Most retouching follows these six general steps Checking the scan quality and making sure that the resolution is appropriate for the way you will use the image. Cropping the image to final size and orientation. Adjusting the overall contrast or tonal range of the image. Adjusting the color and tone in specific parts of the image to bring out highlights, midtones, shadows, and desaturated colors. Sharpening the overall focus of the image. Usually, you should complete these processes in the order...

Selecting with the magnetic lasso

You can use the magnetic lasso tool in Photoshop to make freehand selections of areas with high-contrast edges. When you draw with the magnetic lasso, the border automatically snaps to the edge you are tracing. You can also control the direction of the tool's path by clicking the mouse to place occasional fastening points in the selection border. There is no magnetic lasso tool in ImageReady. You'll now move the padlock to the center of the black oval you placed on the book cover earlier in...

Combining paths into a filled shape

Your next task is to define the two circles as a single element, so that you can add a colored fill. 1 Using the path selection tool 0, select one of your circles, and then hold down Shift and select the second circle. Both paths are now selected. 2 In the tool options bar, click the Combine button. The Combine button is now dimmed because the two paths are now treated as one shape. 3 In the toolbar, click the Default Foreground And Background Colors button , which is to the lower left of the...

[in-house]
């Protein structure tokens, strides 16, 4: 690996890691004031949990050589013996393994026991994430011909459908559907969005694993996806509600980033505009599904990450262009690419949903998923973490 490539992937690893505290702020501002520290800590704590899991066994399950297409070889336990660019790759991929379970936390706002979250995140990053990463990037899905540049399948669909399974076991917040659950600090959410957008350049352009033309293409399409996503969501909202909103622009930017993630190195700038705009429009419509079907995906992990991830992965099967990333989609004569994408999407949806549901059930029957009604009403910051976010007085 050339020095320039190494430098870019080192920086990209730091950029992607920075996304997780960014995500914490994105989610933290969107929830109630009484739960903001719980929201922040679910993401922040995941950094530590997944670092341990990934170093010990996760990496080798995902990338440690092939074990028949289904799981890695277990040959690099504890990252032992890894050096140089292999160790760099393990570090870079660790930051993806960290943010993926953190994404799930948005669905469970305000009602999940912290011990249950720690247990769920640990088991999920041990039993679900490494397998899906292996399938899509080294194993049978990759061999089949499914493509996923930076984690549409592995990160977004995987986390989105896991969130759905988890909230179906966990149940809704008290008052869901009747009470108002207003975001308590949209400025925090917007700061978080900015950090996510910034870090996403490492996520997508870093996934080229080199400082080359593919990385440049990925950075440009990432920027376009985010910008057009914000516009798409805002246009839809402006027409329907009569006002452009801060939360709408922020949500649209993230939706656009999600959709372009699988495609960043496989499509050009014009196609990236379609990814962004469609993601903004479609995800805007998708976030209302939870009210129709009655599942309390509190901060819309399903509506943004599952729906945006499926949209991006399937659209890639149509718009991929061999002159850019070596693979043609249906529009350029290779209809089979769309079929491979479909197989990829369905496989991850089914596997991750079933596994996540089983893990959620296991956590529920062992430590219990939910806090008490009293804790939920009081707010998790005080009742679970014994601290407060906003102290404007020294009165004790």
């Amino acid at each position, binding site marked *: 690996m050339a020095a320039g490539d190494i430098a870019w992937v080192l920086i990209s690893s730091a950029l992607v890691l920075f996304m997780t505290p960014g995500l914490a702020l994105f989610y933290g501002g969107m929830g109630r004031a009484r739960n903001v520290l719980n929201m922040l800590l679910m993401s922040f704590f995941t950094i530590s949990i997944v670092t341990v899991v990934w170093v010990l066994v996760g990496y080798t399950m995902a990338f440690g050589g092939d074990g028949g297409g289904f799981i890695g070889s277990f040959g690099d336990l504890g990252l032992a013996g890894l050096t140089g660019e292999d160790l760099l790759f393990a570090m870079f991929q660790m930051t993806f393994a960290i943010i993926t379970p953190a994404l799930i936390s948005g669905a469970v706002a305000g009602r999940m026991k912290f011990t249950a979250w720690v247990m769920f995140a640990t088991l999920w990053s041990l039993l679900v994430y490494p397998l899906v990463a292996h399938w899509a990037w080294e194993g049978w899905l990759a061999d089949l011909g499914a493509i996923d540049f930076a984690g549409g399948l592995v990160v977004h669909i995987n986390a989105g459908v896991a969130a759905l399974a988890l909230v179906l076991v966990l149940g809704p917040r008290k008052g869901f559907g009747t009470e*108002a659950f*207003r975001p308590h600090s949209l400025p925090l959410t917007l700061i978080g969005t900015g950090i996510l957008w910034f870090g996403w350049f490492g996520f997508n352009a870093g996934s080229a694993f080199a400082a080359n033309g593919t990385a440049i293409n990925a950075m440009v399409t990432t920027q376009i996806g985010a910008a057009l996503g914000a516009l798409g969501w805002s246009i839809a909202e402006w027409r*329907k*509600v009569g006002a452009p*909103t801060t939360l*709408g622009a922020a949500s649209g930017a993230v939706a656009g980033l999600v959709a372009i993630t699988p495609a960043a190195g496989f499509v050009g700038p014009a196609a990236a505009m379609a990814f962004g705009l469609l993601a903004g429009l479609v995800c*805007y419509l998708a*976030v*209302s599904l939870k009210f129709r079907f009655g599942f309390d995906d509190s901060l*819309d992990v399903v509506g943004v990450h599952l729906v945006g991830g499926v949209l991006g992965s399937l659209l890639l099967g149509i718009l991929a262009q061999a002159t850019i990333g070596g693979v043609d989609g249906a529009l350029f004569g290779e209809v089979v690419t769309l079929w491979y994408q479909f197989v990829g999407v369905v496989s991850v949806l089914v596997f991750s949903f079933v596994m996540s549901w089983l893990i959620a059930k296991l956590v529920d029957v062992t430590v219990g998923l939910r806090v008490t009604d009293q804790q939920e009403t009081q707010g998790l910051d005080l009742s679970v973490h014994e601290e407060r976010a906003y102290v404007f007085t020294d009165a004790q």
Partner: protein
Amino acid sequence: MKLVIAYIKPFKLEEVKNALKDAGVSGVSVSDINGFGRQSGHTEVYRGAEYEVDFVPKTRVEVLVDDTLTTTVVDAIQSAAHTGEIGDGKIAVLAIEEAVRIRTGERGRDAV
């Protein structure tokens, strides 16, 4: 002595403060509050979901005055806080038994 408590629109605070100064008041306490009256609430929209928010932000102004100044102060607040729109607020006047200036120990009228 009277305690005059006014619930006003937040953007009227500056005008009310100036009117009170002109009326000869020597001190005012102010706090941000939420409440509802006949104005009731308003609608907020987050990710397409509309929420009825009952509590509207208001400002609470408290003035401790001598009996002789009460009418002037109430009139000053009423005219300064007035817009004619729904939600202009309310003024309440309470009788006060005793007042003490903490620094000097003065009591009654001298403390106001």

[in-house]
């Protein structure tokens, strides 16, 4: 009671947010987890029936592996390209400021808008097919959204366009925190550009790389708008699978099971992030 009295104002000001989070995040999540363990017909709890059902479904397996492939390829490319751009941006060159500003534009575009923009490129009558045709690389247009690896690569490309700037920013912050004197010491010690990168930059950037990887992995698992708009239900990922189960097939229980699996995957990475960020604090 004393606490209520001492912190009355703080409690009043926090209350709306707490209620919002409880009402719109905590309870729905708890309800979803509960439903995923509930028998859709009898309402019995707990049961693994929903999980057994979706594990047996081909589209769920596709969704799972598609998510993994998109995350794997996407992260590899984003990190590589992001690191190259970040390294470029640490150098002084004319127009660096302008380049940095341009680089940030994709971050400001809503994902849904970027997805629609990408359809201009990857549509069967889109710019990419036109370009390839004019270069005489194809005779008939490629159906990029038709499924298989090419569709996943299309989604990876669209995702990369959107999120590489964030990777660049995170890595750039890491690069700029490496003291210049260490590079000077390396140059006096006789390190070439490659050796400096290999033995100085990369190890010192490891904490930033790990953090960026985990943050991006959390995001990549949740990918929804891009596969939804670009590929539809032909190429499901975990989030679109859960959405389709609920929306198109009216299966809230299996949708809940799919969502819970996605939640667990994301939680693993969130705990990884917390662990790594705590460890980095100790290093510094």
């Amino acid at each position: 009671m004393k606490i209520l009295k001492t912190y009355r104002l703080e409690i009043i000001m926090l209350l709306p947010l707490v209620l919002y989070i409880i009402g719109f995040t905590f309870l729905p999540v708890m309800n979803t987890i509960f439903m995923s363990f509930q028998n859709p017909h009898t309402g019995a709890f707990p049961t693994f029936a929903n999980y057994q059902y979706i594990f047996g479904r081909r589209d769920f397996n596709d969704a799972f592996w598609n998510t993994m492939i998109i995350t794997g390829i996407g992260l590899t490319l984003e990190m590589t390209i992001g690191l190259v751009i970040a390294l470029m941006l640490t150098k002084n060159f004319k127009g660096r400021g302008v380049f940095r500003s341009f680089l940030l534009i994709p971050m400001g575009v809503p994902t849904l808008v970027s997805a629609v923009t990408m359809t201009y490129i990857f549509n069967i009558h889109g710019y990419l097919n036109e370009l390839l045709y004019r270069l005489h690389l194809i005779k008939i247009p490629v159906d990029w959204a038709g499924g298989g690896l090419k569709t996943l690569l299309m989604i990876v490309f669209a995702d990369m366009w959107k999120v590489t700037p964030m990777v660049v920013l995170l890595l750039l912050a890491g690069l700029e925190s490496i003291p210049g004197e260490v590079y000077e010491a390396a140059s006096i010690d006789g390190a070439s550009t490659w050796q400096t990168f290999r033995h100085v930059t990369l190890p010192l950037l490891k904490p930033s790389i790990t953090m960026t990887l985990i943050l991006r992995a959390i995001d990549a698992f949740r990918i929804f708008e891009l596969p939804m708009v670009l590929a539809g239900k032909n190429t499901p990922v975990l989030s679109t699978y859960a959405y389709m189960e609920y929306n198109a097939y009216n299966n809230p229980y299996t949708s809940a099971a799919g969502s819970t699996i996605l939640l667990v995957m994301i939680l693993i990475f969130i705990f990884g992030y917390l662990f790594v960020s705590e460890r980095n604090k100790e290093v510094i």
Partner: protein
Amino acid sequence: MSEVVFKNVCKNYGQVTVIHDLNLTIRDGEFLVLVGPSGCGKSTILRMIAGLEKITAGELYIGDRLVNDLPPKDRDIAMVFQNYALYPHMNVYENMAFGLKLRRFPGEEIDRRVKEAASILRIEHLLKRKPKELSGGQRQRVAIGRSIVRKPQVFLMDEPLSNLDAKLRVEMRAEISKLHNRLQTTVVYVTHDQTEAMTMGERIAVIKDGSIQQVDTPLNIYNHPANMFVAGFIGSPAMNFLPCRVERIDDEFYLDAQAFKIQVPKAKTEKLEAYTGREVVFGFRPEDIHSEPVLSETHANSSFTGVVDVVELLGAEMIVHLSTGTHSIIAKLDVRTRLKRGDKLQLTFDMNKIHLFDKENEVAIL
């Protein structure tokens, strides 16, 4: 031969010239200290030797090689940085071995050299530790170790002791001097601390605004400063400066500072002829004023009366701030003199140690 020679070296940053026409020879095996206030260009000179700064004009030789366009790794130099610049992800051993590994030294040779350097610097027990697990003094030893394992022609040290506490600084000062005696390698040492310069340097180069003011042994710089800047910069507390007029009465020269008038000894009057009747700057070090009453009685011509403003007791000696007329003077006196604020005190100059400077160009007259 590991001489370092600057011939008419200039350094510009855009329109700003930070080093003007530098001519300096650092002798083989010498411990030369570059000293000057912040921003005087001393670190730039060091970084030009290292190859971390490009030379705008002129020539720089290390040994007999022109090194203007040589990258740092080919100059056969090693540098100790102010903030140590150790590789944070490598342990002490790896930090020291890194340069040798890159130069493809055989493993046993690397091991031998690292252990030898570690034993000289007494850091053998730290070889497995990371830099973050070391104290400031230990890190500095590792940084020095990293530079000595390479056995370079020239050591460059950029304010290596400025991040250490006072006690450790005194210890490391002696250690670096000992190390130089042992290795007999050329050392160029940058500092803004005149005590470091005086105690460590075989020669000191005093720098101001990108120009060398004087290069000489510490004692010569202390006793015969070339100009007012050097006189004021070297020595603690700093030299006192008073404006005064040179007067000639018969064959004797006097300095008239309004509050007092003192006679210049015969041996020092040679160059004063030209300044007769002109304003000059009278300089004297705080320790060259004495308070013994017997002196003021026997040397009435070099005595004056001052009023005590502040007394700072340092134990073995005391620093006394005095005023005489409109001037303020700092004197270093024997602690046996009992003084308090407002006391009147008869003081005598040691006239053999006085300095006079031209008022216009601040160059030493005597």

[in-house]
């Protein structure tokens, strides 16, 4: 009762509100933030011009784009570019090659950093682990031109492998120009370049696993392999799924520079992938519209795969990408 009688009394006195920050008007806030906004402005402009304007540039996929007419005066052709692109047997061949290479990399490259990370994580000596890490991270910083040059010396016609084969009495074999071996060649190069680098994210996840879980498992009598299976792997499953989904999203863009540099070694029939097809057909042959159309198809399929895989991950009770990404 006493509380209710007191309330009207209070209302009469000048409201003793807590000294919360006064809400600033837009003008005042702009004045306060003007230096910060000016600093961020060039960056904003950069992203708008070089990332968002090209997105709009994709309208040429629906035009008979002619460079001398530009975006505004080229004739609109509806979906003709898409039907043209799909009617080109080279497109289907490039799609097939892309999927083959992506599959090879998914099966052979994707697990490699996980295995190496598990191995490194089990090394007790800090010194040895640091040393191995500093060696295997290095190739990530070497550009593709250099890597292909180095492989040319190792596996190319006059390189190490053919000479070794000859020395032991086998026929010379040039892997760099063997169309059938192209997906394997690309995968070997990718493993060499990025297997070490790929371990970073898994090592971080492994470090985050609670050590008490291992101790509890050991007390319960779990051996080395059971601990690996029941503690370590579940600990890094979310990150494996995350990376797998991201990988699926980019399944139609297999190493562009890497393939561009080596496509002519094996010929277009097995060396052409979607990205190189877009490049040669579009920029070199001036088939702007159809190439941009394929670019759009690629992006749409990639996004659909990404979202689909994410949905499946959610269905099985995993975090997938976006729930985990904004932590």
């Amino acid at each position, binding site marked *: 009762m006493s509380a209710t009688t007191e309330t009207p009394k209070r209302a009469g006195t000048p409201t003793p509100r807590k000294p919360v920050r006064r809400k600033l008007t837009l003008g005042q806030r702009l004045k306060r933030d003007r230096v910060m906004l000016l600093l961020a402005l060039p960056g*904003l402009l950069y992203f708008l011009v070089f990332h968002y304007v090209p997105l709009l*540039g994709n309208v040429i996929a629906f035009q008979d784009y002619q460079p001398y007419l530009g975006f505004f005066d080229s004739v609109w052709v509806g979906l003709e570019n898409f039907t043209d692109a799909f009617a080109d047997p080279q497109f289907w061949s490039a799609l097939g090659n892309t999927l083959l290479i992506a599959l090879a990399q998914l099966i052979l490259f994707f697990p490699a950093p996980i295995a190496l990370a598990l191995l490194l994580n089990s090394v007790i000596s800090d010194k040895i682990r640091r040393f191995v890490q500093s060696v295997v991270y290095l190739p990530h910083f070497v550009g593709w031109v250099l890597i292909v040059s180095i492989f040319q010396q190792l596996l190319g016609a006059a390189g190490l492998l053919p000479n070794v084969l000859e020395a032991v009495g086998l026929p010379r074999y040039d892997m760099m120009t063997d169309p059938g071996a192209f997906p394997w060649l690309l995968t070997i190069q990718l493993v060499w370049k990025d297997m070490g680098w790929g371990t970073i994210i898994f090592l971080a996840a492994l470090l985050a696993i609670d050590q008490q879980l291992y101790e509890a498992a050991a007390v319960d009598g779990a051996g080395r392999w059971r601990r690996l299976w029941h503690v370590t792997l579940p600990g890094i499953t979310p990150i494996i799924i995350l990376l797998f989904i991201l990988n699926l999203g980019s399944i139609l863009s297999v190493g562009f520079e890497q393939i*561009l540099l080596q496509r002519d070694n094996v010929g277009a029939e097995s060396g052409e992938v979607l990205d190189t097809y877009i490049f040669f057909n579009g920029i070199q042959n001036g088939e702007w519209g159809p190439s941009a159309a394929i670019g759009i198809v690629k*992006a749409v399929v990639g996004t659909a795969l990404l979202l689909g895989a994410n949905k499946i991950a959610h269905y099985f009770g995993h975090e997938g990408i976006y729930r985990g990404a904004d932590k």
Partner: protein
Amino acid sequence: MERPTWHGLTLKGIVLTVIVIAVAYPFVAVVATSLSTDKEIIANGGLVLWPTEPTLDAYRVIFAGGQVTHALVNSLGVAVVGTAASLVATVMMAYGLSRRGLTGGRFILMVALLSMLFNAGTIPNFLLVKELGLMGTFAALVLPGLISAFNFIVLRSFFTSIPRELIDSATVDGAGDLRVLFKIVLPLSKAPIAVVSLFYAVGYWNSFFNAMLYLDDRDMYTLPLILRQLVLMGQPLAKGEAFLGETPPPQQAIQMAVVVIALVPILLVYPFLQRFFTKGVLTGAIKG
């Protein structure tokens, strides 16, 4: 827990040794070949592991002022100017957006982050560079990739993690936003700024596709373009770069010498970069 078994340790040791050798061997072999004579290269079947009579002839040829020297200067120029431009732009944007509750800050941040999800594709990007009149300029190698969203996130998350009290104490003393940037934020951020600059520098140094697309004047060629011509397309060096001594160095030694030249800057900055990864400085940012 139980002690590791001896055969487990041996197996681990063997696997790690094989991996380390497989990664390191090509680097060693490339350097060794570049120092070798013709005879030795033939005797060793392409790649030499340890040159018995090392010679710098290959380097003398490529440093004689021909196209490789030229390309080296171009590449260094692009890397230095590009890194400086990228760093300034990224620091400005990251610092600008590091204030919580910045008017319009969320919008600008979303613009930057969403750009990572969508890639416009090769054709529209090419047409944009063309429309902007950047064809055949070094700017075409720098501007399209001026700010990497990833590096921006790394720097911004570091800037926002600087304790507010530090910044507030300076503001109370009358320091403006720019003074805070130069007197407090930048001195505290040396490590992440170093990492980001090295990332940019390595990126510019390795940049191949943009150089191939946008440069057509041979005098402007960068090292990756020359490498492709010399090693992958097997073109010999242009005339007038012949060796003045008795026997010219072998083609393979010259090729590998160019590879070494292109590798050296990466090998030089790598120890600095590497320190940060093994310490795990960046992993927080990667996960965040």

Using the Info bar

In Photoshop, the Info bar is positioned at the lower border of the application window Windows or the lower border of the image window Mac OS . This area displays the current magnification, an area for specific choices of information types, and context-sensitive information about the currently selected tool. In ImageReady, the Info bar appears at the lower border of the image window. You can click an arrow button on the Info bar to open a pop-up menu of different categories of information. Your...

Flattening a layered image

If you plan to send a file out for proofs, it's also a good idea to save two versions of the file one containing all the layers so that you can edit the file if necessary, and one flattened version to send to the print shop. When you flatten a file, all layers are merged into a single background, greatly reducing the size of the file. 1 First, note the values in the lower-left corner of the application window Windows or the 11Start.psd image window Mac OS . If the display does not show the file...

Creating a flag image and more text